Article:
“We are part of the culture. We are grassroots and have credibility. We are tapped into the vibe of the real industry. We have the respect of the OGs in the industry. We are not building tech to get rich, we are building to improve people’s lives. We are here for the people. Our goals are for people who look like me to have a place in this industry.”

 

 

For Smith, the creation of Tetragram began after he nearly died in a 2003 car accident. After the crash that left him with severe head injuries, Smith was prescribed opioids for the pain he was suffering. He quickly knew that was not a solution for his pain and he turned to medical marijuana for relief.

 

 

Finding it difficult to remember what strains helped with types of pain and had what effects, Smith would again begin building another business. He and his fellow cannabis users and Tetragram co-founders, Lucas Roe and Julius Moore, created an easy-to-use app to track, rate, and discover cannabis. 

 

 

Tetragram was recently named one of the best cannabis apps by Cannigma.

 

 

Smith, who also happens to be a member of MENSA, talks about terpenes and cannabinoids like most discuss sports, movies, or music. Smith has truly educated himself about marijuna strains and their effects for pain relief. But more importantly, Smith understands the importance of data and sharing information between cannabis retailers, producers, medical marijuana professionals, and consumers.

 

 

Working with dispensaries, investors, and his team, Smith never stops taking the next steps to propel his cannabis start-up to a much higher level and provide cannabis users with a way to journal their marijuana experiences.

 

 

The next version of Tetragram is scheduled to launch by the Q1 of 2022 with added functionality, including integration with dispensary QR codes and visual data. 

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Source: https://www.hailmaryjane.com/tetragram-ceo-reveals-secrets-of-success-to-launching-a-start-up-cannabis-company/

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Cannacurio #48: Dispensary & Retailer Leaderboard September 2021 | Cannabiz Media

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Dispensaries and retailers have continued to come online this year. We count 1,846 licenses issued through the end of August. Six states issued 100 or more licenses so far with Oklahoma, as usual, taking the lead.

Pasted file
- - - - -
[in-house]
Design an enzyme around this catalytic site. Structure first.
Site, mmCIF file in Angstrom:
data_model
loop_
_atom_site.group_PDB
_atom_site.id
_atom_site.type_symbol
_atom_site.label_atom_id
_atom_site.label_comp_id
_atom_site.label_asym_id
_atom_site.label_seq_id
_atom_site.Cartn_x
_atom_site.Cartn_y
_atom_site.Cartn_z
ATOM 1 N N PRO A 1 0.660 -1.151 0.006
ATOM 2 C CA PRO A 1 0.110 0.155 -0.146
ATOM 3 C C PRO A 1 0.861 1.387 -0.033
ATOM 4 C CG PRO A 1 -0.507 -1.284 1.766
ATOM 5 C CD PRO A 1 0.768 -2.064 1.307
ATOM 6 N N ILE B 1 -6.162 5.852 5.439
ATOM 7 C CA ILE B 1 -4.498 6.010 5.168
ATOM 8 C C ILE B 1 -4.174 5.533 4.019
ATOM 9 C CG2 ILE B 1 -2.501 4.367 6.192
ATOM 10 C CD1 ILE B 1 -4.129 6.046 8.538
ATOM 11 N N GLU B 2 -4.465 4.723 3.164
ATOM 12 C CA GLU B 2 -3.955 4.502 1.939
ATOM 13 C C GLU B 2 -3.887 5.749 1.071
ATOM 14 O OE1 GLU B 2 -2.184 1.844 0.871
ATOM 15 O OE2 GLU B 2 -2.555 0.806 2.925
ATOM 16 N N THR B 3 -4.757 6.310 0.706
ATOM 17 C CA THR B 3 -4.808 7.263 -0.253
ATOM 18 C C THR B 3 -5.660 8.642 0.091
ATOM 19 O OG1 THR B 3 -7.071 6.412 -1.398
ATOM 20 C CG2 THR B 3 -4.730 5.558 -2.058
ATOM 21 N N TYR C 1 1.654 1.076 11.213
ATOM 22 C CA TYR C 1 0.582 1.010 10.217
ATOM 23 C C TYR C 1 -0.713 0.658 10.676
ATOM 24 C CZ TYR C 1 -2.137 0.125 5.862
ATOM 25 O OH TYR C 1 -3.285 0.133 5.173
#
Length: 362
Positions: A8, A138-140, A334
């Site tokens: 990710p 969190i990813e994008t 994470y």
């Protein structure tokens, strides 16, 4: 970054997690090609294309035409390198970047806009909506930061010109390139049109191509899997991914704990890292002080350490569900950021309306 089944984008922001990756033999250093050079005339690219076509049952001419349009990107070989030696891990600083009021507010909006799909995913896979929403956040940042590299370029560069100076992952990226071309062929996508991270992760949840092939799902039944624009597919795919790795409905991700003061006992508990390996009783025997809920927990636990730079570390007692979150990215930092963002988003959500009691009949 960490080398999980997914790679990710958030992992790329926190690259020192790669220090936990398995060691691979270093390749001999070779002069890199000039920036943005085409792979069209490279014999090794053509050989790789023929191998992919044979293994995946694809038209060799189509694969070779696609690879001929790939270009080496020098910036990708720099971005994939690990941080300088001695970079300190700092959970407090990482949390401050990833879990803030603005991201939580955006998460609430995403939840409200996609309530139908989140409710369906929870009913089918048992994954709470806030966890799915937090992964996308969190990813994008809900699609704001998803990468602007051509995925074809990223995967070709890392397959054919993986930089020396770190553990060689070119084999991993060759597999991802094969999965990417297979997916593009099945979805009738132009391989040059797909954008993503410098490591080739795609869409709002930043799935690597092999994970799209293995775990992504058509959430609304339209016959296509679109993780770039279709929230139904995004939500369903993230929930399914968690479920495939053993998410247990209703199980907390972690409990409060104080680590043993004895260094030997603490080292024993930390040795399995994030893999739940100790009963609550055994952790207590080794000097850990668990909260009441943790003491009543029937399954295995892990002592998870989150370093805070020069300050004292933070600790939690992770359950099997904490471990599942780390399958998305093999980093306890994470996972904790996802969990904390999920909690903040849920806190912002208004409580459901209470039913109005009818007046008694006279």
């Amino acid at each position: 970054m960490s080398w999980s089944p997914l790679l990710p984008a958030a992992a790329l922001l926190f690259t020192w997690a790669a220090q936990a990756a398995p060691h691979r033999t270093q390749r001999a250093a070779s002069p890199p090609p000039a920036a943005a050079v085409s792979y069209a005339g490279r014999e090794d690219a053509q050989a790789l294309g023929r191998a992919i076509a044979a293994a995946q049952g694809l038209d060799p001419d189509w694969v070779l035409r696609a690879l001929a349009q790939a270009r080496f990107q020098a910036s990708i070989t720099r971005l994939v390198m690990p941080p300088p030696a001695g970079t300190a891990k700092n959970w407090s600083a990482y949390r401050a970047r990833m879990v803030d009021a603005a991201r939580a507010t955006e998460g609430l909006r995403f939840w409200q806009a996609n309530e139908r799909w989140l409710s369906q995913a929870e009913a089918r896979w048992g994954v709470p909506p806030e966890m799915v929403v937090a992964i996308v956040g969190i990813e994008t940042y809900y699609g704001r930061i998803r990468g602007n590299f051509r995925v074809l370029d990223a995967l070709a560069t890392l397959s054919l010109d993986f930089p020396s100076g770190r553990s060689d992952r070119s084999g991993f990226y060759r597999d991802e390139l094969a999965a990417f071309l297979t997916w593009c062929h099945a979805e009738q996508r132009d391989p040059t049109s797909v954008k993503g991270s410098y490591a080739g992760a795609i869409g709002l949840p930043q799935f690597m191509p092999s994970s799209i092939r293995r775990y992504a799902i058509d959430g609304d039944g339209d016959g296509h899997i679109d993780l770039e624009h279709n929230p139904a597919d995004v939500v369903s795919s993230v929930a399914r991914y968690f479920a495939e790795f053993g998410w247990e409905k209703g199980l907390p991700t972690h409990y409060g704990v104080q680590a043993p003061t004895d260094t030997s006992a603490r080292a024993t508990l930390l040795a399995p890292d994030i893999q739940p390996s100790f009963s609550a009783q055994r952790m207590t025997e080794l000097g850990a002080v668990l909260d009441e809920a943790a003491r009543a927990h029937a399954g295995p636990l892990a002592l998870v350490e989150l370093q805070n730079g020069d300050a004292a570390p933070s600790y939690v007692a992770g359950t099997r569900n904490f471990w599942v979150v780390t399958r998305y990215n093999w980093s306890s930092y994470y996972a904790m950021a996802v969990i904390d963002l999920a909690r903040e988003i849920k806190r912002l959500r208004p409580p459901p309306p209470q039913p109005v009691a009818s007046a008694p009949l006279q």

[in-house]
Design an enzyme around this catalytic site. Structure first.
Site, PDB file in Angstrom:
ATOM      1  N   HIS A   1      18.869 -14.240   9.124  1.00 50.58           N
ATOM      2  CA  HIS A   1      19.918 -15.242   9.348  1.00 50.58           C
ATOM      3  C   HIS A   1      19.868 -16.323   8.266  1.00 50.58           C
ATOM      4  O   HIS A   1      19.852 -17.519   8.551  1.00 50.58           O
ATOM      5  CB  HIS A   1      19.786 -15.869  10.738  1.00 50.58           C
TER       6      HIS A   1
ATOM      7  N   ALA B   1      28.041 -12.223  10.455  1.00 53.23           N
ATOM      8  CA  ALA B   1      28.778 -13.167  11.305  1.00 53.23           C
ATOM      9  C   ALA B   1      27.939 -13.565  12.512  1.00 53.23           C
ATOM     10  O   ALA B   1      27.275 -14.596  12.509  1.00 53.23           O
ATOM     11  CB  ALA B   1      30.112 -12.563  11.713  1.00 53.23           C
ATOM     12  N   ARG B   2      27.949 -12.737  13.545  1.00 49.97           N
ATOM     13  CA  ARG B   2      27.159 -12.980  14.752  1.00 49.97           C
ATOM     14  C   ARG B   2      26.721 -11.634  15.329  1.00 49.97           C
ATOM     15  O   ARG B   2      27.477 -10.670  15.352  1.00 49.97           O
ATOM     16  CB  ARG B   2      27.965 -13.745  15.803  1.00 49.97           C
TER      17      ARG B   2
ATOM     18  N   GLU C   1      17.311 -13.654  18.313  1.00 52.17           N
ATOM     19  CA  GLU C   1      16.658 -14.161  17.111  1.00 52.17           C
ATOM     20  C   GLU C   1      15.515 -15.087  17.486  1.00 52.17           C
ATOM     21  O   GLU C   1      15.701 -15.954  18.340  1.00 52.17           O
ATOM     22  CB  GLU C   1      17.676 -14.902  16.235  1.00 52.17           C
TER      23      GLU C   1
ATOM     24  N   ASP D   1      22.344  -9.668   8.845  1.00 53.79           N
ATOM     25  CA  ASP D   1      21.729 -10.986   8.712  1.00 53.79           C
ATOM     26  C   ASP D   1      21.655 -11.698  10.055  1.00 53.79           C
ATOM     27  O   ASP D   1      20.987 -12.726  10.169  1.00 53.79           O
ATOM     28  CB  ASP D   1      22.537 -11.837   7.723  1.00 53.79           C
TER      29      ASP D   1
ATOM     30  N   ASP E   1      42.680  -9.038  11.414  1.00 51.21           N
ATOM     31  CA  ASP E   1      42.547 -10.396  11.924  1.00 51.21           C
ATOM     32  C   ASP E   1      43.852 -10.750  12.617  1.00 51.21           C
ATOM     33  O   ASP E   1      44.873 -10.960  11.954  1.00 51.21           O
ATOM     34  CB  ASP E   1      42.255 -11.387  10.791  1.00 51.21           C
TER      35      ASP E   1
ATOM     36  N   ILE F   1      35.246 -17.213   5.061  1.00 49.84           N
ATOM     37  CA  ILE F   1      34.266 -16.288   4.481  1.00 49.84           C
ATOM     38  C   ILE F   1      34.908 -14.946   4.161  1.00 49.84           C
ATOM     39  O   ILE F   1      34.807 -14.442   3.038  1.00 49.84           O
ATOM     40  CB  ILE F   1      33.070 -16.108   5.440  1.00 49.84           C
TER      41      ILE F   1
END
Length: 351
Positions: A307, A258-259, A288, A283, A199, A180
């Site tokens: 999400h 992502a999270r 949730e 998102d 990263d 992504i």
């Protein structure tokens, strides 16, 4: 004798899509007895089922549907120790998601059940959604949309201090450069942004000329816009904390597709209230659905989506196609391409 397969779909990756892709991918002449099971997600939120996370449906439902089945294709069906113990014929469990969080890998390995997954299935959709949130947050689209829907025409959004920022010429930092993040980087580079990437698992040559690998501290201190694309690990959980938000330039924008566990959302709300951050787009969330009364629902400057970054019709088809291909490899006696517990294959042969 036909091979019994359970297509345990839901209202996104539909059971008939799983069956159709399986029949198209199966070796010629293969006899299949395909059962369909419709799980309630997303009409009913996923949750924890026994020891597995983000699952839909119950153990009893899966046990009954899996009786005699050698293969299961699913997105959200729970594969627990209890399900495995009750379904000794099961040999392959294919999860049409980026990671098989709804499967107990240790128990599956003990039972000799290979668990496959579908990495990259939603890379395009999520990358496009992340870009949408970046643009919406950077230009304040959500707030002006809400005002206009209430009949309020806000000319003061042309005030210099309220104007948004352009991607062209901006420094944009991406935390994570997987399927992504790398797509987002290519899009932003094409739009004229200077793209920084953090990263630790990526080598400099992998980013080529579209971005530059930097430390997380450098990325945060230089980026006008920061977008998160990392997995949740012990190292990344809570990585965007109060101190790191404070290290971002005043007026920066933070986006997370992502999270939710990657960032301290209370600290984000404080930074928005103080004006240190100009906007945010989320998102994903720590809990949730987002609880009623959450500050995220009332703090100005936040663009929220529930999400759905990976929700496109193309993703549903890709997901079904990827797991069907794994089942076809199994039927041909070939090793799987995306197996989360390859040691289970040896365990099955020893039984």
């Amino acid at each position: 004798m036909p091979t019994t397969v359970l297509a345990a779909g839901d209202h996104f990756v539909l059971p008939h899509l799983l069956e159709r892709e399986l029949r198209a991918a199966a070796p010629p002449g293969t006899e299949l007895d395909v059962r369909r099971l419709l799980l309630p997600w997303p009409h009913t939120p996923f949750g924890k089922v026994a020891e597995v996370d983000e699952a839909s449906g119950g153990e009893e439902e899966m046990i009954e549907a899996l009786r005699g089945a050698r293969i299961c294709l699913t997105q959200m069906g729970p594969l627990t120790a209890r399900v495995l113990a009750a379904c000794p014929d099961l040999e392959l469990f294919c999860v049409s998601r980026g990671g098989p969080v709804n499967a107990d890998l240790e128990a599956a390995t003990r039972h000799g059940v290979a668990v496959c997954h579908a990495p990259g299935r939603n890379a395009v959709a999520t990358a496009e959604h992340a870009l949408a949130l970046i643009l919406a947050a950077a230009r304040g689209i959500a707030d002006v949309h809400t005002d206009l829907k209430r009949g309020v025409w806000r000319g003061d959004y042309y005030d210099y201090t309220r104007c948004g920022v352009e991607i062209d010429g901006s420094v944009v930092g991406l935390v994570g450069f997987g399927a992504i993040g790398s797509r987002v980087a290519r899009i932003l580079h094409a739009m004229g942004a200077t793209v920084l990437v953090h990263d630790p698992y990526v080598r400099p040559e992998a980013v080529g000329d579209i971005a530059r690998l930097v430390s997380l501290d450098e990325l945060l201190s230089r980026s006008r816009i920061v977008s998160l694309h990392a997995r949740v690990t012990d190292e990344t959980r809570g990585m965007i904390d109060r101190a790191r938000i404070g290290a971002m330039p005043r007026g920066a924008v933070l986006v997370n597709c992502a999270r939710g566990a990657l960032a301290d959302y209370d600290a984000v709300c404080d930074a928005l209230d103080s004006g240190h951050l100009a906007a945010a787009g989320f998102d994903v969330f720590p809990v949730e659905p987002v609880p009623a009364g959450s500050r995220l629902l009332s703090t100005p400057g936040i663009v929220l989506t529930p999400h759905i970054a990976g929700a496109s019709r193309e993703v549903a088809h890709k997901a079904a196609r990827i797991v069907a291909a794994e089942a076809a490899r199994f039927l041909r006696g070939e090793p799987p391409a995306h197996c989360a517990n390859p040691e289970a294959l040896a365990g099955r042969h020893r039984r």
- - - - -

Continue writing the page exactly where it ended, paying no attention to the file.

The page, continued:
Key Findings

  • Oklahoma continues its dominant position with 462 (25%) new licenses.
  • We now show Montana as a leader as their caretaker/provider licenses can now be classified as dispensaries.
  • Other leading states include Michigan at 208, Arizona at 125, and Missouri at 120.

The questions that invariably get asked by the market are about licenses not yet available: What about Illinois? Where are the New Jersey and New Mexico licenses? And Georgia!  

What we’ve all seen play out since we started tracking licenses is that there is often a sizable lag in time from when the law is passed to the licenses being awarded, and then for them to actually become active. While Oklahoma started issuing licenses after six months, the timeline in many other jurisdictions is 18-24 months.  

In the meantime, here’s our census of active cannabis dispensary/retail licenses. We currently estimate that 8,212 stores hold these 9,032 licenses since some stores hold a medical and adult license.

Conclusion

The year is still early, and we still believe that 2021 promises to be another year of license growth in some markets. Arizona unleashed 102 new retail licenses to existing dispensary license holders while West Virginia published their list of 100 permitted dispensaries. Georgia and Rhode Island are slated to issue licenses soon, and Illinois has teased their next round of license for quite some time. We’ll keep you posted in future Cannacurios.

In our last update on dispensaries and retailers back in March, we were looking ahead to new licenses coming on board from Rhode Island, Georgia, and Illinois. So far, Rhode Island has been a bust, Illinois decided who should get some of them but cannot issue them, and Georgia got theirs awarded. All eyes are still on New Jersey, New Mexico, New York, and Connecticut, so stay tuned!

Cannabiz Media customers can stay up-to-date on these and other new licenses through our newsletters, alerts, and reports modules. Subscribe to our newsletter to receive these weekly reports delivered to your inbox. Or you can schedule a demo for more information on how to access the Cannabiz Media License Database yourself to dive further into this data.

Cannacurio is a weekly column from Cannabiz Media featuring insights from the most comprehensive license data platform.

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Source: https://www.cannabiz.media/blog/cannacurio-48-dispensary-retailer-leaderboard-september-2021